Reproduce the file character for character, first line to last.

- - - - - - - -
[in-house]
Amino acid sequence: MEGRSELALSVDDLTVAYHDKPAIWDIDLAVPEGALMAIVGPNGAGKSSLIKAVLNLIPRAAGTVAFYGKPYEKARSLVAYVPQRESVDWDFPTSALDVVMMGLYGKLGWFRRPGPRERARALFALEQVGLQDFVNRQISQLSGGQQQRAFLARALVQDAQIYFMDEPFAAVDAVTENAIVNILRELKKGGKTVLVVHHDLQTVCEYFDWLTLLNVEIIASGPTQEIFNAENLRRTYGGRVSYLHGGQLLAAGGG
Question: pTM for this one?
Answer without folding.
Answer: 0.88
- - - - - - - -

[in-house]
Amino acid sequence: MEGRSELALSVDDLTVAYHDKPAIWDIDLAVPEGALMAIVGPNGAGKSSLIKAVLNLIPRAAGTVAFYGKPYEKARSLVAYVPQRESVDWDFPTSALDVVMMGLYGKLGWFRRPGPRERARALFALEQVGLQDFVNRQISQLSGGQQQRAFLARALVQDAQIYFMDEPFAAVDAVTENAIVNILRELKKGGKTVLVVHHDLQTVCEYFDWLTLLNVEIIASGPTQEIFNAENLRRTYGGRVSYLHGGQLLAAGGG
Question: pTM for this one?
Answer without folding.
Answer: 0.88